However, we do not have such a system in place at the moment so we must aim to improve the
collaboration of the various members of the loosely-knit team as presently formulated.


What has hindered the development of innovative and economical forms of construction is the
fragmentation of the building industry. In no other industry is design divorced from production.
The best designs are firmly anchored to the method of execution.
Architects, engineers and builders need to have mutual respect for one another. They need to
recognise that all have valid contributions to make. Collaboration must be the guiding principle.
Senior and intermediate engineers tend to keep in touch with builders through site meetings and
inspections. Designers could probably spend their time on site more efficiently and profitably by
discussing construction problems with tradesmen and supervisors. Such dialogue between the
designer and the man at the sharp end would profit both parties and lead to more-suitable designs
and more-faithful construction.



Fairness in the Tender Process

If we are to remove cynicism from the industry, and provide real market-driven competition to
building owners, we need to ensure fairness and transparency in the processes of tendering and the
awarding of contracts. Some of the issues to be addressed include:

List of tenderers

limit the size

do not use stalking horses

conduct preliminary enquiries

Tender documents

Time for tendering

eliminate holiday periods

Pre-tender conference

Opening and assessment

Notifying results


1.5.2 Supervision of Construction

The purpose of inspections is to check that the work complies with the drawings and technical
specifications and that the construction is sound, especially those parts which will be hidden as the
work proceeds.
Inspections should be approached with a clear understanding of the intention of the design, obtained
from study of the complete set of contract documents, including drawings and specifications.
Inspections should be undertaken recognising that, even with care and goodwill, mistakes can arise
which may lead to defects. The inspecting engineer should therefore aim to encourage the standard
of work required so that defects are avoided in the first place.
Among the items of construction which should receive attention are:

quality of materials and components;

dimensional accuracy of the construction;

correct assembly of structural components and their connections.

Inspections should be made with an open mind, a critical eye and a measure of commonsense.
Judgement should be exercised in determining what is acceptable variability based on an
understanding of the standards that can be achieved in practice.
Periodic visits should be made to the site during the course of construction to establish that the
works are being constructed generally in accordance with the drawings and specifications, and
otherwise in accordance with good practice. The frequency of these visits would be dependent
largely on the programming of construction for the works, but also on the competence of the builder.
The engineer should examine the implications on the structural design of specialist sub-contractor's
details, should check and approve the shop drawings prepared by structural steel fabricators, and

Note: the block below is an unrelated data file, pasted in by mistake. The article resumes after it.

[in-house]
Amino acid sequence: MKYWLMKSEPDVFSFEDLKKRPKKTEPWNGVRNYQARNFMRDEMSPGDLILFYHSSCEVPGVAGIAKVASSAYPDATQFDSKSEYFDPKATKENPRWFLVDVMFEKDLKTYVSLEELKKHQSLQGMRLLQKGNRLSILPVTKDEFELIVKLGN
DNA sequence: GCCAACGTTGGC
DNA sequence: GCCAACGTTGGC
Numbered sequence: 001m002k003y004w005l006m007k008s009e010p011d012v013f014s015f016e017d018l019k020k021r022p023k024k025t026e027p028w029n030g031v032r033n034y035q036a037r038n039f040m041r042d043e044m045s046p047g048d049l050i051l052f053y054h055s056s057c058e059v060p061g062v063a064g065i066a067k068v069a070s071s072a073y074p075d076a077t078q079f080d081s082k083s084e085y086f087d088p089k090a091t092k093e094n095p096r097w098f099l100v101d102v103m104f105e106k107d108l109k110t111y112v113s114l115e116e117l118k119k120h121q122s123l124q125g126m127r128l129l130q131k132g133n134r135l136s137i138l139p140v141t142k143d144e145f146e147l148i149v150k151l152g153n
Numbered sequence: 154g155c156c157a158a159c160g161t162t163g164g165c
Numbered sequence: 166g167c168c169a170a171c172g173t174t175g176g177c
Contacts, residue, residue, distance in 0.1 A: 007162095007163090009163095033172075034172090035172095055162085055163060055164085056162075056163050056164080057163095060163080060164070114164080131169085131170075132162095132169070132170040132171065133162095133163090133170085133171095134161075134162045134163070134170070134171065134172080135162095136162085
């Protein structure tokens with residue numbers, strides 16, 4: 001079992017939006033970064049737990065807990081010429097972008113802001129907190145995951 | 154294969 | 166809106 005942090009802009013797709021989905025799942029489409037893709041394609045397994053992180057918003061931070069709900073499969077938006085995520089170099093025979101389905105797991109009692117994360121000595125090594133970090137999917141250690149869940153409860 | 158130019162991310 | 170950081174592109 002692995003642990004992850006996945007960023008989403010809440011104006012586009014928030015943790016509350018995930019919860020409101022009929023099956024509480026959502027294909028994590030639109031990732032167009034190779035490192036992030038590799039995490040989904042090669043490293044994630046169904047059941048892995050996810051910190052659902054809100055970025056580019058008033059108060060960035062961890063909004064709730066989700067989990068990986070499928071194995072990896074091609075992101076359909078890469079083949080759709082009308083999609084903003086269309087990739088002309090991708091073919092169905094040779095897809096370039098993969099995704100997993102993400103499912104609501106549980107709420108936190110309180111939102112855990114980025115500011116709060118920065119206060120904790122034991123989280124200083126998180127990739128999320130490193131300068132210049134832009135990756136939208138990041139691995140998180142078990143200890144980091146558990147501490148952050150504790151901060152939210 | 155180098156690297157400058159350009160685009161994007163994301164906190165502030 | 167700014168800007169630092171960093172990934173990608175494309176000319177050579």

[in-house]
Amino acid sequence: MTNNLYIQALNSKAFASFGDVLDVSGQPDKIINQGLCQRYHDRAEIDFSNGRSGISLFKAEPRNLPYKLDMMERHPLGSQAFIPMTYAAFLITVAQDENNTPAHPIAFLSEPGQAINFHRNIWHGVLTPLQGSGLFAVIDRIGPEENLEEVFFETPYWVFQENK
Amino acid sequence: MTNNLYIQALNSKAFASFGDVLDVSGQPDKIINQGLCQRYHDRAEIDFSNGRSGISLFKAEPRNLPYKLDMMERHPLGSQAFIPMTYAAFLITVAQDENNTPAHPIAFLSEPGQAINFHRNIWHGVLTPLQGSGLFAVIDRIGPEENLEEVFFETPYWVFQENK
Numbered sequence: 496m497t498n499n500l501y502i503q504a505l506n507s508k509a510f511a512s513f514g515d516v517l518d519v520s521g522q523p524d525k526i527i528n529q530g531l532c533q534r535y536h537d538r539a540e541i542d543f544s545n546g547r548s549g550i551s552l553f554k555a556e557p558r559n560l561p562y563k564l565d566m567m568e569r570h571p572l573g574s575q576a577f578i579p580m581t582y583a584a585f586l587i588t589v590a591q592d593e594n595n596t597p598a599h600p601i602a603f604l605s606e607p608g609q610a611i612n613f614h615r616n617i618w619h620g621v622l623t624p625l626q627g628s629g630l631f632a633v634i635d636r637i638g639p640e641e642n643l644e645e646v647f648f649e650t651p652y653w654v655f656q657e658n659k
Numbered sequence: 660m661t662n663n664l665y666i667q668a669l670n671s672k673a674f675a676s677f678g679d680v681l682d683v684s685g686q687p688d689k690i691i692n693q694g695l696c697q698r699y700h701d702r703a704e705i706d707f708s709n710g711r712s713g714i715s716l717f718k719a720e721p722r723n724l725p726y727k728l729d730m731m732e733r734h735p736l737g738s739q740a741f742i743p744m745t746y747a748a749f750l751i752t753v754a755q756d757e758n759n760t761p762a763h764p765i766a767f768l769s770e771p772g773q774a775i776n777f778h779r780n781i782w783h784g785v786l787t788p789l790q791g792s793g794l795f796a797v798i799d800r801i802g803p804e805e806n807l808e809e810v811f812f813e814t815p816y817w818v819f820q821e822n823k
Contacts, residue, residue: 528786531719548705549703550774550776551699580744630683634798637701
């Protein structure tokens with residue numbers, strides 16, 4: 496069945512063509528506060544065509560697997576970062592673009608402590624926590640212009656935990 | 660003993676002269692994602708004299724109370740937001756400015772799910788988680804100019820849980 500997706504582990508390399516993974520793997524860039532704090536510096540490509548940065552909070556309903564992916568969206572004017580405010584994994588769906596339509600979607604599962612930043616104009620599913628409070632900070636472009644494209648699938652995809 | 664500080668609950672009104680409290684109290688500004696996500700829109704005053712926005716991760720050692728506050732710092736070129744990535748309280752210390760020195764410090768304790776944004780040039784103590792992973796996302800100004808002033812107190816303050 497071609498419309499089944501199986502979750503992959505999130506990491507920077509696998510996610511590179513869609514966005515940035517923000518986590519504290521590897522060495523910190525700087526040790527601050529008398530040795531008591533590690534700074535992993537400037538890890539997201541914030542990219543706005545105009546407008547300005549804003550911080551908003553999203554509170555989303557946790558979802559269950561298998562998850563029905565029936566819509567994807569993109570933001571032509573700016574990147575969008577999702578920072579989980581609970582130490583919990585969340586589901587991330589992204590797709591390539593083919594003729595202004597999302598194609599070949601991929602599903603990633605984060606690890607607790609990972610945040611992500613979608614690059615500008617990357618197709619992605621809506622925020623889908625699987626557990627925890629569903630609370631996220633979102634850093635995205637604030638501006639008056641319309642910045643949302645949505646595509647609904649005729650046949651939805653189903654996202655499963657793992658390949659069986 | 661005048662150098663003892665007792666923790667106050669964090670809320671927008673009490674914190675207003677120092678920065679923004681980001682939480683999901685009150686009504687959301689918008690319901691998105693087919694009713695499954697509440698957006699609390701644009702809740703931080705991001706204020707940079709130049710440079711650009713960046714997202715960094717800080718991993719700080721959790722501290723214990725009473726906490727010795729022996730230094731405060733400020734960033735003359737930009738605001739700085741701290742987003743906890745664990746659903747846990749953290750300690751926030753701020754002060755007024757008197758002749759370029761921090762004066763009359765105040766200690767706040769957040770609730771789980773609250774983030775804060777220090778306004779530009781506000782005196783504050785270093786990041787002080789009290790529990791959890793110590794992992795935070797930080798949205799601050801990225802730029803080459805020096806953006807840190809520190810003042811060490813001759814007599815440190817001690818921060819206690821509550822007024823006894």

should examine changes in methods of construction when proposed by the builder.
The engineer should attend contract meetings held on site during the course of construction for the
purpose of coordinating all aspects of the construction.
The engineer should advise on the technical aspects of the builder's interim claims for payment for
structural and civil engineering works.
The engineer should provide the owner with a complete set of as-built drawings of the structural and
civil engineering works at the end of the maintenance period.
At practical completion of the project the engineer should prepare a list of remaining and remedial
works. At the end of the maintenance period the engineer should participate in the final inspection


of the project and provide technical advice on structural and civil engineering matters which may be
in dispute.

Unforeseen Site Conditions

All too often there is inadequate, or non-existent, site investigation prior to design, tender and
contract award. This commonly leads to:

project time over-runs;

project cost over-runs;


All sites should be investigated and the factual results communicated to bidders.
It is not uncommon for owners to balk at the expenditures for site investigations. However, you pay
for a site investigation whether you have one or not.

Quantity Surveying

The gap between design and execution is presently almost unbridgeable, preventing the designer
from obtaining first-hand knowledge of the costs of various means of construction - an essential
requisite for original and inventive designs. The prevailing system of quantity surveying only makes
matters worse. It erects a barrier between the designer and the builder.
Realistic cost estimating should become an integral part of the design process - not the sort of
costing done in traditional quantity surveying but costing based on the required manufacturing and
construction processes. This is especially important with novel designs, new materials and
innovative methods of construction. Indeed our traditional quantity surveyors lack the background
to fit them for such a role, although such shortcomings do not deter them from promoting their